'Much to do' about Shakespeare at the Bodleian Libraries this summer

1 August 2015

From the Globe Theatre on Tour's production of Much Ado about Nothing to a new Shakespeare display and the ongoing Marks of Genius exhibition, the Bodleian Libraries offers a wealth of opportunities for Shakespeare fans this summer.

There's still time to catch a performance of Much Ado about Nothing, which continues in the Bodleian's stunning Old Schools Quadrangle until 2 August. Meanwhile, a new display, Johnson and Shakespeare, has opened in the Proscholium, the entrance to the Old Bodleian Library, located in the Old Schools Quadrangle.

Image of Proposals for Printing, by Subscription, The Dramatick Works of William Shakespeare, Corrected and Illustrated by Samuel JohnsonThe display marks the 250th anniversary of the publication of Samuel Johnson's critical edition of The Plays of William Shakespeare. Johnson was a pre-eminent man of letters in the 18th century, who published his famous Dictionary of the English Language before turning his hand to editing Shakespeare's works. He published his eight-volume edition of Shakespeare in 1765 which included every Shakespeare play alongside the notes and commentary of earlier editors as well as Johnson's own explanations and interpretations. Johnson's approach to editing established new standards for the historical interpretation of Shakespeare's texts.

'The display looks at two inaugural moments in the history of Shakespeare: Johnson's effort to create a more accurate version of the text than had ever been published before, and his friend David Garrick's Shakespeare Jubilee, which established Shakespeare as a cultural celebrity,' said Lynda Mugglestone, Professor of the History of English at the University of Oxford. She curated the display with Jim McLaverty, Emeritus Professor at Keele University.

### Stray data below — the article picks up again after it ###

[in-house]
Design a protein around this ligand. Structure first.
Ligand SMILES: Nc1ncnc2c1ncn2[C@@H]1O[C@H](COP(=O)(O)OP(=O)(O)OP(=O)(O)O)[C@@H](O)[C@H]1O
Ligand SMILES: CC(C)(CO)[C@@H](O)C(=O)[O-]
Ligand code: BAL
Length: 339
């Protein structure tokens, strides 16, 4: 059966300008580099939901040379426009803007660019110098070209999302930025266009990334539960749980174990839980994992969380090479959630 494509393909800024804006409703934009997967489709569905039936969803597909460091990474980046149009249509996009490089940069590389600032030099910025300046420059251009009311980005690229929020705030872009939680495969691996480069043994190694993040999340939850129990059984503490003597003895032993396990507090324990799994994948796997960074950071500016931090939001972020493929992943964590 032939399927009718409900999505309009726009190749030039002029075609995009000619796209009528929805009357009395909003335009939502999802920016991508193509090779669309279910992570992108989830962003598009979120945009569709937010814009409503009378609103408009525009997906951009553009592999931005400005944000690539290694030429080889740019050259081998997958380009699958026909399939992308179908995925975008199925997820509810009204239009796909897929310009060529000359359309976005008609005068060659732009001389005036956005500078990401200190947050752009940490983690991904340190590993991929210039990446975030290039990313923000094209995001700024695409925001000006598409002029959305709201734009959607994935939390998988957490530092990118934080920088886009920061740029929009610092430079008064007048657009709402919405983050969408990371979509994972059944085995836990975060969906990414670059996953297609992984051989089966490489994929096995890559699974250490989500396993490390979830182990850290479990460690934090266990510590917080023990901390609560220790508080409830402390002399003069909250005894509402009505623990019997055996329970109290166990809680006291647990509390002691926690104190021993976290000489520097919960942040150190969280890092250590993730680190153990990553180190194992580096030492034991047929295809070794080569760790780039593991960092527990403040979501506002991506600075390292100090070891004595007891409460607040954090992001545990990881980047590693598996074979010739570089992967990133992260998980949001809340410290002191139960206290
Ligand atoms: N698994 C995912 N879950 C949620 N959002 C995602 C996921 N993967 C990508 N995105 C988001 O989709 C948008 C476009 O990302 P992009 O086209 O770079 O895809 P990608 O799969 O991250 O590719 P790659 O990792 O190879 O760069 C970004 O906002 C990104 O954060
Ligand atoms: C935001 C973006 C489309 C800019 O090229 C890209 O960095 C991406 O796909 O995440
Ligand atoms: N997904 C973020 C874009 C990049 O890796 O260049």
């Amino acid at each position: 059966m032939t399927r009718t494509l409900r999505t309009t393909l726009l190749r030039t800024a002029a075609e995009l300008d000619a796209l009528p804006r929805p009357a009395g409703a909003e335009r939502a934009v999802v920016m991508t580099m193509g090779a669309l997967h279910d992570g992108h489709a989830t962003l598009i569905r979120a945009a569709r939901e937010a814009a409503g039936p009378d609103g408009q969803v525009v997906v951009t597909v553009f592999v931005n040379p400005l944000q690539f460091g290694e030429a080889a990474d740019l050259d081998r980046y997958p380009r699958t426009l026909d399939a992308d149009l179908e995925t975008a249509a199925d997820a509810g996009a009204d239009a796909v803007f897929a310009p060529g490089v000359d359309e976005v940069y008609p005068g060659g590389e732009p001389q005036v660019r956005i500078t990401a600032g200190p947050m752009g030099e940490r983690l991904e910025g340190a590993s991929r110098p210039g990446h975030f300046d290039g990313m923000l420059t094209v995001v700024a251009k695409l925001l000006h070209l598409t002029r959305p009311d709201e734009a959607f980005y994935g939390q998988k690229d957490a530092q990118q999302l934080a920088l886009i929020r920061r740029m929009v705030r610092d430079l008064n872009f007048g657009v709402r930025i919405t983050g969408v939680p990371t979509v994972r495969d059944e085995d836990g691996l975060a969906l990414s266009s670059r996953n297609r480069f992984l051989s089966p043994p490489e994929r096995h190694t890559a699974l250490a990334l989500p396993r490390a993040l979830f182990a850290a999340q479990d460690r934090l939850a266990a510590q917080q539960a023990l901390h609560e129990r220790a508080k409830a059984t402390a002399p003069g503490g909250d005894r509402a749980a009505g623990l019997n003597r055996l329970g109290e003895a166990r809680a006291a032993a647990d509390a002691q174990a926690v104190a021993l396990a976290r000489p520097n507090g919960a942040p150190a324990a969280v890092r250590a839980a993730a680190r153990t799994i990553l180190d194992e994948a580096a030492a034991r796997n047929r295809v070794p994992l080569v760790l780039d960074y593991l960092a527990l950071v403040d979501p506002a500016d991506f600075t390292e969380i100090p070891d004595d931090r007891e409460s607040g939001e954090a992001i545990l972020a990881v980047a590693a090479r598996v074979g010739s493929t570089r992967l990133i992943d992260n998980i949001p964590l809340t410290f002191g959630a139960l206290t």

The free display runs until 6 September. Items on display include 18th century books, documents and receipts telling the story of Johnson's critical edition as well as lively song sheets, music and scripts from the 1769 Shakespeare Jubilee, an event that marked the beginning of Stratford as a place of Shakespearian pilgrimage and celebration.

Across the road from the Old Bodleian, visitors can see the very first collected edition of Shakespeare's plays, the First Folio, which was published more than a century before Johnson's critical edition. The First Folio is one of many treasures on display in Marks of Genius, the first exhibition held in the Bodleian's newly refurbished Weston Library.

This free exhibition runs until 20 September and includes a special section devoted to Shakespeare. It features the First Folio, a copy of Shakespeare's most popular poem, Venus and Adonis, an early edition of Hamlet and works by Shakespeare's contemporaries. These books sit alongside a beautifully illustrated map of London, published in the year of Shakespeare’s death, which shows the Globe Theatre.

Members of the public can also explore a digital facsimile of the First Folio online, launched two years ago thanks to hundreds of donors who supported the Libraries' Sprint for Shakespeare fundraising campaign. The Sprint for Shakespeare website is a free online resource where visitors can leaf through the original printed pages of the digital First Folio, download text and images and learn more about the eventful history of the Bodleian's copy of the First Folio.

Next year, the Bodleian will also be hosting festivities as part of Oxford's celebrations of the 400th anniversary of Shakespeare's death.

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